Not having a tight grasp on the reality of your business could be the difference between success and failure. This article lays out some key concepts for small businesses to dramatically improve decision making through understanding reality.
I continuously run into well intentioned, and even, well informed clients who ignore this simple guidance. This is especially true in identifying target markets and pricing. For example, if you are not aware of Amazon pricing you are simply blind to the lead competitor, much like failing department stores have for years. Similarly, clients ignore even a simple google search to help identify competitors.
”You don’t want to know the truth!“ -Jack Nicholson
However, there are lots of ways to handle the truth. On one hand, you must maintain your enthusiasm, confidence, and belief that you will succeed. Keep in mind, however, the challenges, barriers and realities of your efforts. Here are some tools to create a beautiful balance between your “expectations and reality”
Beware of confirmation bias
Don’t we always believe our ideas are terrific, and thus, focus more on their wonderfulness and potential for success? Of course, we do. The challenges are sometimes given a smaller amount of our attention, and downplayed. It’s just human nature. Review alternatives, enlist the help of industry experts and most important, make a special effort to examine competition.
Understand your goals
Understand your goals, resources and risk. In particular, your market analysis, competitors, how and why your company is different, and why customers should care. Are you focused on long term growth or quick profits? Many companies continue to keep growing when they should be pivoting to focus on profit. Having a clear less than one page mission statement is an excellent process to ensure you understand your goals.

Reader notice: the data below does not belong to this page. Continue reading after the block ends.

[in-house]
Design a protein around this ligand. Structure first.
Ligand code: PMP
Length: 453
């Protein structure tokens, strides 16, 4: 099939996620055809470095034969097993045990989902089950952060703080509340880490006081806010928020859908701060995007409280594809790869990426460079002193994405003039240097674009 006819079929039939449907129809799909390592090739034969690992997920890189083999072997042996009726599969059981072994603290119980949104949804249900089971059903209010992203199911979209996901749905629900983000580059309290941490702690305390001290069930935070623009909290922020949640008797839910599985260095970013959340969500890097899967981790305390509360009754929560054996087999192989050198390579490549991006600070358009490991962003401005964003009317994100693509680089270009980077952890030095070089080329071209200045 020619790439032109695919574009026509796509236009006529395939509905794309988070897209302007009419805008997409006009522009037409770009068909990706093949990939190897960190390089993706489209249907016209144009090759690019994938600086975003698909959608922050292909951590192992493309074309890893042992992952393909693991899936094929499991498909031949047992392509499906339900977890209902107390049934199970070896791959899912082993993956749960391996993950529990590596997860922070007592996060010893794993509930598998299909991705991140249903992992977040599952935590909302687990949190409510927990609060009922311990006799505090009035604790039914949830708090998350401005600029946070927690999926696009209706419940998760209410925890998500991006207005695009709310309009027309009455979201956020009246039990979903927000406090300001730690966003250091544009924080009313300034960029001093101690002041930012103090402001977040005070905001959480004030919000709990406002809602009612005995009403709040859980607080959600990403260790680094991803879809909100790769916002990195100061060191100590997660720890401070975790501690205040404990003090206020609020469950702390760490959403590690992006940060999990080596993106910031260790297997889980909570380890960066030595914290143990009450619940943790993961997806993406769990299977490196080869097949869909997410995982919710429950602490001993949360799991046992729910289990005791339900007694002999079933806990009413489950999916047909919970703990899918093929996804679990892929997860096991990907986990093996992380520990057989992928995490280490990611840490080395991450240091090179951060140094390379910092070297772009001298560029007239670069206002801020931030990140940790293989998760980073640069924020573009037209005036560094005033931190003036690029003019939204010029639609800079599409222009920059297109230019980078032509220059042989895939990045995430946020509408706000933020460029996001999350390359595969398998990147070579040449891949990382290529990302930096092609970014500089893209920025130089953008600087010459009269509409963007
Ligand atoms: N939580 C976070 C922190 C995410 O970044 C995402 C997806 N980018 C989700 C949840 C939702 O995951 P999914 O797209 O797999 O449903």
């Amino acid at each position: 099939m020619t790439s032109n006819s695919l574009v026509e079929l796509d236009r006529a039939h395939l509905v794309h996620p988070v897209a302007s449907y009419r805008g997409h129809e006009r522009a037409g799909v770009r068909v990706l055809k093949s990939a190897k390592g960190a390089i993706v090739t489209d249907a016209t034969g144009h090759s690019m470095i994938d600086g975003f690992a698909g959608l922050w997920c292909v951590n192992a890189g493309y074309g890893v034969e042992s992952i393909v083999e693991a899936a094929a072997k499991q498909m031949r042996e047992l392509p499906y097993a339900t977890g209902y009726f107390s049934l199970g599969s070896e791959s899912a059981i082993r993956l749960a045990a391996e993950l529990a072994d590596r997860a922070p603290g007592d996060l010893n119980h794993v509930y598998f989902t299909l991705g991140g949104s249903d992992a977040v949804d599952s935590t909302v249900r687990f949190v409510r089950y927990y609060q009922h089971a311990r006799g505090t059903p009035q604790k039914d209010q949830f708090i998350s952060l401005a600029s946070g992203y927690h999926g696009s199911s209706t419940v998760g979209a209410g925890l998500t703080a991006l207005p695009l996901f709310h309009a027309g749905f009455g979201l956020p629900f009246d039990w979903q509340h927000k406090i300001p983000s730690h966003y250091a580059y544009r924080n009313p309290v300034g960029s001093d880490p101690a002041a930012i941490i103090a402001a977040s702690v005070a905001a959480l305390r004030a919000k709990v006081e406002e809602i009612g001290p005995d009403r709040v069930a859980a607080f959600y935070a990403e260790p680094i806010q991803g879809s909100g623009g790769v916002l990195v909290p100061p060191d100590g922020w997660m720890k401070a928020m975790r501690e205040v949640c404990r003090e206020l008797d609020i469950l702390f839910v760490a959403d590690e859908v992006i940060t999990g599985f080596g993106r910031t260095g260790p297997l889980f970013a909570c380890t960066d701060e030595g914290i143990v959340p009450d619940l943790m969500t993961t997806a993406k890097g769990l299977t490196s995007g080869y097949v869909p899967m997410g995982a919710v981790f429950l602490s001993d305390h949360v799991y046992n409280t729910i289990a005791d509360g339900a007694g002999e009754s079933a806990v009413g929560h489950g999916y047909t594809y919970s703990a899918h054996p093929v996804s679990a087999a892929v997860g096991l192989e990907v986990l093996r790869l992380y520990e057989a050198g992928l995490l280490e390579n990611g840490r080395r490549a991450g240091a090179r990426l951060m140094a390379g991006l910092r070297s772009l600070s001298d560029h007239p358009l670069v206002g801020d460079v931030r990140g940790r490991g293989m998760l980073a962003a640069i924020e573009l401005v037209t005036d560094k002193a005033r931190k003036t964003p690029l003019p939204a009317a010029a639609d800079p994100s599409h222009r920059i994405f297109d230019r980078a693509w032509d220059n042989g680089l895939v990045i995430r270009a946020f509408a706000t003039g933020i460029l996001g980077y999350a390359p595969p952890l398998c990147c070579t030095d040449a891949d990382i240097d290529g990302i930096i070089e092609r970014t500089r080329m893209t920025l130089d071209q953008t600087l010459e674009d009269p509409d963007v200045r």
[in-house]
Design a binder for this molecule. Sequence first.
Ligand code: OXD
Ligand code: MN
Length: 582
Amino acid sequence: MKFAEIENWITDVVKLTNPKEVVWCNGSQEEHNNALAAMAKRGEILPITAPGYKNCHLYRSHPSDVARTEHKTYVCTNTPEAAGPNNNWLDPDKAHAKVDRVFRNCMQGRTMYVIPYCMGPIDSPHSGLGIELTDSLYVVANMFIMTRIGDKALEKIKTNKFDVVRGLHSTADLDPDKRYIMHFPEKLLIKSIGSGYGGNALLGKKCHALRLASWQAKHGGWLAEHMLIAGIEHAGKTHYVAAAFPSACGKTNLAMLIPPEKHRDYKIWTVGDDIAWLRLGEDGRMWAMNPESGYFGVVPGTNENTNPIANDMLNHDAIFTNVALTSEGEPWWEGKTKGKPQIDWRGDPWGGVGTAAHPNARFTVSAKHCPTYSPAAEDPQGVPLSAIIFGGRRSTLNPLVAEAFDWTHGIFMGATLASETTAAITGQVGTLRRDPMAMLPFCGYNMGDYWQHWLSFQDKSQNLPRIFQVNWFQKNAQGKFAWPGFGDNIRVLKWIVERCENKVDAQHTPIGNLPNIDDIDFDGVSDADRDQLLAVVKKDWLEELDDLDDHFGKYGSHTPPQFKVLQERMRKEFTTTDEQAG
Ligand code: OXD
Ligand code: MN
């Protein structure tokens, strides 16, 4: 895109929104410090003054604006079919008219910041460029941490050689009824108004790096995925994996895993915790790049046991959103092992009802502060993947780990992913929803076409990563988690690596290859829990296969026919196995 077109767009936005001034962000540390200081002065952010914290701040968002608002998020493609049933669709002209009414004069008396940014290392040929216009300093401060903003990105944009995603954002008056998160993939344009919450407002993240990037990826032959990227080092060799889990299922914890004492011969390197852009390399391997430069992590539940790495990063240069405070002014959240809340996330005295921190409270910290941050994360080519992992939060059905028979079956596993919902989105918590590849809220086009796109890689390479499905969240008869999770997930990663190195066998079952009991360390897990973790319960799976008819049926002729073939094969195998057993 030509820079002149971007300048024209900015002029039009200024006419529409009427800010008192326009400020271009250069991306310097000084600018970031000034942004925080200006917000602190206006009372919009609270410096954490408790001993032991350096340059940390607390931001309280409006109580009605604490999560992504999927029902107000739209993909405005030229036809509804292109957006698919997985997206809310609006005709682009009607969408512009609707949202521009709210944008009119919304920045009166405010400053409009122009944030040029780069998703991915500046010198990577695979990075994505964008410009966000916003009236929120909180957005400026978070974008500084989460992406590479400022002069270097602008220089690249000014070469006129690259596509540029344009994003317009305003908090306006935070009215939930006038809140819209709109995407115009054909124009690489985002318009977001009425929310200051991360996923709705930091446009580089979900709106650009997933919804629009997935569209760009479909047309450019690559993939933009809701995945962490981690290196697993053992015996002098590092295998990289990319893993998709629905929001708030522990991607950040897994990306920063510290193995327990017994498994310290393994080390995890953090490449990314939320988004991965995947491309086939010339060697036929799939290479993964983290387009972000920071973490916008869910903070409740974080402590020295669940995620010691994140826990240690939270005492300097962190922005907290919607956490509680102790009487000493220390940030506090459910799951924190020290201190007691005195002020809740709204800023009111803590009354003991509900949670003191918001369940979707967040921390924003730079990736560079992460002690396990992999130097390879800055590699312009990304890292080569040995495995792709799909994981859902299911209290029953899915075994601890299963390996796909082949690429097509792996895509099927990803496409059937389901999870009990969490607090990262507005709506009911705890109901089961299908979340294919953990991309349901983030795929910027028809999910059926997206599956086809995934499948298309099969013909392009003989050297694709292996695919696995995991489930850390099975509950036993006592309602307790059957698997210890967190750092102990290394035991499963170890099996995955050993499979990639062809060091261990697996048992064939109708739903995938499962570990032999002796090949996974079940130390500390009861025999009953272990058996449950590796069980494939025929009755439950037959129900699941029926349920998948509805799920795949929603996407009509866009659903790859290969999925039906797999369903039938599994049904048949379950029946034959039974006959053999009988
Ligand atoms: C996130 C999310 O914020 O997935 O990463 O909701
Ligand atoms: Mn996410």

When and how will you be profitable?
Only about 10% of startups and small businesses succeed and survive to their fifth year. The ones who do survive have developed flexible models to measure, and then compared alternatives. Many plans, forecasts, and proposals are done in a static format with one dimensional analysis and results. Usually they’re all wrong because we live in a more dynamic and interactive world (Startup Connection has developed a very simple model that lets you evaluate alternatives in less than 48 hours. Visit: www.startupconnection.net/business-templates/operating-profit-model-template/)
Do some market research
I cannot tell you how many clients discuss the uniqueness of their ideas when there are pages of competitors who are frequently more experienced, cheaper, with more compelling marketing on Google or Amazon. Even informal research can be highly productive in understanding markets and competition.
Hire good resources and continue to test, measure and adapt
Make certain the people you hire have real expertise and will do what you require. Hiring with the goal of saving money usually results in mediocre outcomes, at best. You get what you pay for. Remember the phrase “If you think an expert is expensive, try hiring an amateur.” That is especially true in trying to do everything yourself.
Make use of demographics
Understand and take advantage of the changes in demographics, the economy and your environment. For example, large companies frequently flounder with innovation and growth especially when considered in regard to demographic changes and the growth of mobile devices. Ensure that you can answer the questions who is your target audience and why would they want your product.
In summary, learning the truth or reality of your business involves continuously challenging your assumptions, reviewing alternatives and evaluating your progress. Don’t be a martyr, and encourage different perspectives. It just may make all the difference for your business.
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